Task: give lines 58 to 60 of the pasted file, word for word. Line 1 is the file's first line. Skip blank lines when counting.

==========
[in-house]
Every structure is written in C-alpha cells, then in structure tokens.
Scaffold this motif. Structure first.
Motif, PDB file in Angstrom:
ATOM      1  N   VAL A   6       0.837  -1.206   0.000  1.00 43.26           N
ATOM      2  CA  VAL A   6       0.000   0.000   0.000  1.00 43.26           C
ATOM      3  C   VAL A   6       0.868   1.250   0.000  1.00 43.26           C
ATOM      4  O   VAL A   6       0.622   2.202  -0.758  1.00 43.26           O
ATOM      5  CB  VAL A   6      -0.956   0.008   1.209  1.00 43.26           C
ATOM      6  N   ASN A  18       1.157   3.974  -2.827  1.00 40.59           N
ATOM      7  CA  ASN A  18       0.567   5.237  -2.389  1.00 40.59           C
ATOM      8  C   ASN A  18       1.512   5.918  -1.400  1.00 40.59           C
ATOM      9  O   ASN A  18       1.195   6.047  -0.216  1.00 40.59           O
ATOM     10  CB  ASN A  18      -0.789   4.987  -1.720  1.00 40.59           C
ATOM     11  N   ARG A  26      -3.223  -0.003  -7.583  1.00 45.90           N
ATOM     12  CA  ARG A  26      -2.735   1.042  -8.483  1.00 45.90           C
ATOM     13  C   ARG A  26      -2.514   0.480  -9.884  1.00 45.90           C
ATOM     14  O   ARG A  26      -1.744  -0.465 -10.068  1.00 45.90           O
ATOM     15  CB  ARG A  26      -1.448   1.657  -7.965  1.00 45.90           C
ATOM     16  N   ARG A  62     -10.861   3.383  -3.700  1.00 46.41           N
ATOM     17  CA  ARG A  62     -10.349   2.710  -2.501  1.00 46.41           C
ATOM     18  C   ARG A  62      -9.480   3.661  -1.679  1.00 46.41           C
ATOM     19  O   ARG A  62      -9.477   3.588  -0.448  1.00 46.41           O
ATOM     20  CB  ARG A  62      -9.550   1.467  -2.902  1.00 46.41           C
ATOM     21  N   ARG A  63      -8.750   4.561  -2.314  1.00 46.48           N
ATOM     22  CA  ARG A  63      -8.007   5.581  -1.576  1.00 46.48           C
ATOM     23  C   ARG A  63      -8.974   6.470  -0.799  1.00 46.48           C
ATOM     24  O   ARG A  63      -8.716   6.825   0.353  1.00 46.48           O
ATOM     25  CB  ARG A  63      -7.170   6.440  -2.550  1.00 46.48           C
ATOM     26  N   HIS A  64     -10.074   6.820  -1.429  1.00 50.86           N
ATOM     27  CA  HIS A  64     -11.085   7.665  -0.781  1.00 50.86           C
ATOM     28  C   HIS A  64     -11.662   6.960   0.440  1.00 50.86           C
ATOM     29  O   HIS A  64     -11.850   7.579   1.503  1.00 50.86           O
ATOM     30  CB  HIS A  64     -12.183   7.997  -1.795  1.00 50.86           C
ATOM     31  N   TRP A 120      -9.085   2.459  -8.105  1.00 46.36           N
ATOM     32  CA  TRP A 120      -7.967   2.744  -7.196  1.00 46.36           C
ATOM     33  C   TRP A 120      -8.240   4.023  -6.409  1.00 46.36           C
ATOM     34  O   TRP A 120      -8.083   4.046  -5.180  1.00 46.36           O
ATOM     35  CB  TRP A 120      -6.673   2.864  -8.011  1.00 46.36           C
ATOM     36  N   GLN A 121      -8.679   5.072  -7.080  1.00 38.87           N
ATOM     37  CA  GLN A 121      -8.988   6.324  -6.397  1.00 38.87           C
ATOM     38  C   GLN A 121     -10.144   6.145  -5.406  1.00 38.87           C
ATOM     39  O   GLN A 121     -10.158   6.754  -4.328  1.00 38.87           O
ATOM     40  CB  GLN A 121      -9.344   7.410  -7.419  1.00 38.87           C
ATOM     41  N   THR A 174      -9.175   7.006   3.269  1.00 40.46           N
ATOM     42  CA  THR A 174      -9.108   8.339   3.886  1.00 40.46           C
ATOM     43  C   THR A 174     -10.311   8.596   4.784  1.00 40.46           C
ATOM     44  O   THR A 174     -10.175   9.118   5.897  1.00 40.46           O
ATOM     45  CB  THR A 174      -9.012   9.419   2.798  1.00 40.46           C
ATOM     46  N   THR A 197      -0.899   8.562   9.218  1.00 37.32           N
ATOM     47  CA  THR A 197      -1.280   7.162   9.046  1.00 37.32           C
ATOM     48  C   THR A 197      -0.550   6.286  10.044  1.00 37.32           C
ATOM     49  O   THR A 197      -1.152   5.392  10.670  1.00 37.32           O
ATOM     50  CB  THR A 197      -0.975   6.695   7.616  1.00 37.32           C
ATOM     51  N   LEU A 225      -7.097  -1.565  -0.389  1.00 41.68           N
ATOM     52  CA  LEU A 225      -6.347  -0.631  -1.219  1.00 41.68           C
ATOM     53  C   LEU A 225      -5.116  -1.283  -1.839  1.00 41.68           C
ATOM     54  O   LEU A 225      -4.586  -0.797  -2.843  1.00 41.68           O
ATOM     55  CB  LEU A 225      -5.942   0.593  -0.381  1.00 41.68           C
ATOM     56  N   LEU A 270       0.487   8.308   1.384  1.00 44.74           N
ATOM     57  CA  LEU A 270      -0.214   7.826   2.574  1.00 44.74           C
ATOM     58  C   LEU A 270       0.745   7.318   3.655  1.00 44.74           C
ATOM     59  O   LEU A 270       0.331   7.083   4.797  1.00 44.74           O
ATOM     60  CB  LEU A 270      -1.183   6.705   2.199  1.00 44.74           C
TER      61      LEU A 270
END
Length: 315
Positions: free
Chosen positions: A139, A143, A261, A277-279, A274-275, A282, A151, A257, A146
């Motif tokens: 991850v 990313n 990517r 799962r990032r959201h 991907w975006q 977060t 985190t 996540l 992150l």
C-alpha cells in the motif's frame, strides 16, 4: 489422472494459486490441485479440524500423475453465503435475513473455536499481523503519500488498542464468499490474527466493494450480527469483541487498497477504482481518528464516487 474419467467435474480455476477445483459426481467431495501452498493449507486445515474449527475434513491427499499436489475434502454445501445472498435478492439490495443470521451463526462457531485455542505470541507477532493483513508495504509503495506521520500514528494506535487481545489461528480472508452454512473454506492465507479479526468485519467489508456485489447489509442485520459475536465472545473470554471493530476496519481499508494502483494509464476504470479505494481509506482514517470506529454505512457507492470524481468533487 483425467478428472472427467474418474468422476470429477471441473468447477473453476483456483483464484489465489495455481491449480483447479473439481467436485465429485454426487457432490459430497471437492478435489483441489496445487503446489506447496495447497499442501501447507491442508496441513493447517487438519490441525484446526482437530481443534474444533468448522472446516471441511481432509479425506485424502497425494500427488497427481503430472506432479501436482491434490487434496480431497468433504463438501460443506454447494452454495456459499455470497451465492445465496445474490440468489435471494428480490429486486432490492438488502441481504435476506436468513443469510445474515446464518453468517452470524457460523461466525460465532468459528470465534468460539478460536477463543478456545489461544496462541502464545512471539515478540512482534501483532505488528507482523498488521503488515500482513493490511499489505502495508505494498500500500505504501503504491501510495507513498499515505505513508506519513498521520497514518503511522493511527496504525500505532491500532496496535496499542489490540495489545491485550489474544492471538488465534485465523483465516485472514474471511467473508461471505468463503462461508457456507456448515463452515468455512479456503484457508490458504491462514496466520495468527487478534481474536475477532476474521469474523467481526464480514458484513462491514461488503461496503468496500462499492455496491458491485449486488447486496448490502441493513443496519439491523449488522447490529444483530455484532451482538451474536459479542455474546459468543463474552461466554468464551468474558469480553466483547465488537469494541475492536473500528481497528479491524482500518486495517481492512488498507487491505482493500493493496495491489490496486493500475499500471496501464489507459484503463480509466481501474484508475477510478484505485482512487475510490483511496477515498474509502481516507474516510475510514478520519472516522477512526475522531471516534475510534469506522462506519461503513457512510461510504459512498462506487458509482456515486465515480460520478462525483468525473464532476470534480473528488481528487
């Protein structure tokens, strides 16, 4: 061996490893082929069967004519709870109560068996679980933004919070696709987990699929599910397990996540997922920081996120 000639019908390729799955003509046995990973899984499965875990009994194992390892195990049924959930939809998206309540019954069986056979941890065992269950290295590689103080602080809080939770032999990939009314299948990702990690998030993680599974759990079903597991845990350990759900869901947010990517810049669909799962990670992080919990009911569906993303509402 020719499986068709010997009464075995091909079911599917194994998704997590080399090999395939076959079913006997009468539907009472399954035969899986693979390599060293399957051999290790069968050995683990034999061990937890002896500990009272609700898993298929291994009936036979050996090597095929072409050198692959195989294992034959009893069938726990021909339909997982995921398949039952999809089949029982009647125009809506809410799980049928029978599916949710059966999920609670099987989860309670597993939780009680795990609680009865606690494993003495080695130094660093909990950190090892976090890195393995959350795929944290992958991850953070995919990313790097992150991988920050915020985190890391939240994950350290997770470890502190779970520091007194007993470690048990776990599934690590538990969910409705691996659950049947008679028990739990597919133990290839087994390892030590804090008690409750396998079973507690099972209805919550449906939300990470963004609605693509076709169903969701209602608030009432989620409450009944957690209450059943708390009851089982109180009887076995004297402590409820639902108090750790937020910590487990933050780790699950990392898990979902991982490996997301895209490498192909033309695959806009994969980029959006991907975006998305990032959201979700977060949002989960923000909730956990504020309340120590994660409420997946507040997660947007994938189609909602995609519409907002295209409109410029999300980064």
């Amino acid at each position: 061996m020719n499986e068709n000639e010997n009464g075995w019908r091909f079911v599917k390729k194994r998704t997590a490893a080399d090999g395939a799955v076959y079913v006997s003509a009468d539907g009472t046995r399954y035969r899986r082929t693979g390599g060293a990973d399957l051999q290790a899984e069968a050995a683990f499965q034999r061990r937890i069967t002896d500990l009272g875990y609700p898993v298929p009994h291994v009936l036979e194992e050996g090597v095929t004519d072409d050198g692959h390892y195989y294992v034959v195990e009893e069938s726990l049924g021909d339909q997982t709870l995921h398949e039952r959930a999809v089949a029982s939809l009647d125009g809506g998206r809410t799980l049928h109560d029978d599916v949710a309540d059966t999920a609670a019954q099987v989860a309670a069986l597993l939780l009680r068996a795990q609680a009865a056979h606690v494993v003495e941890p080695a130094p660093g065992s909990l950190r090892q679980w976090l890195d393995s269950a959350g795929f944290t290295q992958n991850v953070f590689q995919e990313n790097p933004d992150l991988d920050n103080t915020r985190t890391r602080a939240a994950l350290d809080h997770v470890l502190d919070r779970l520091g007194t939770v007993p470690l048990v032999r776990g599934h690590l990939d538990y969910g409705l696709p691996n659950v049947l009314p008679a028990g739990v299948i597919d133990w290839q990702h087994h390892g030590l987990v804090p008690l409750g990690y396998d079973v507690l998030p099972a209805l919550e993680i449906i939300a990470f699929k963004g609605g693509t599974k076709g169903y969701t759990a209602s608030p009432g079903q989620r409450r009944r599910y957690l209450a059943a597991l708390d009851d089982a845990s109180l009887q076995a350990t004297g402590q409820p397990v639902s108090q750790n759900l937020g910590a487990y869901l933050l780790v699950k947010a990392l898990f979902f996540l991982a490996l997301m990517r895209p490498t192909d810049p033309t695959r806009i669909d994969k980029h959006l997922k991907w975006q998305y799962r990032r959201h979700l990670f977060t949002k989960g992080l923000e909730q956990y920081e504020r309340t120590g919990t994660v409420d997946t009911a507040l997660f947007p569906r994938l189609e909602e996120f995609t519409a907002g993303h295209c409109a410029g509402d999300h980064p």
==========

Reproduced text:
ATOM     54  O   LEU A 225      -4.586  -0.797  -2.843  1.00 41.68           O
ATOM     55  CB  LEU A 225      -5.942   0.593  -0.381  1.00 41.68           C
ATOM     56  N   LEU A 270       0.487   8.308   1.384  1.00 44.74           N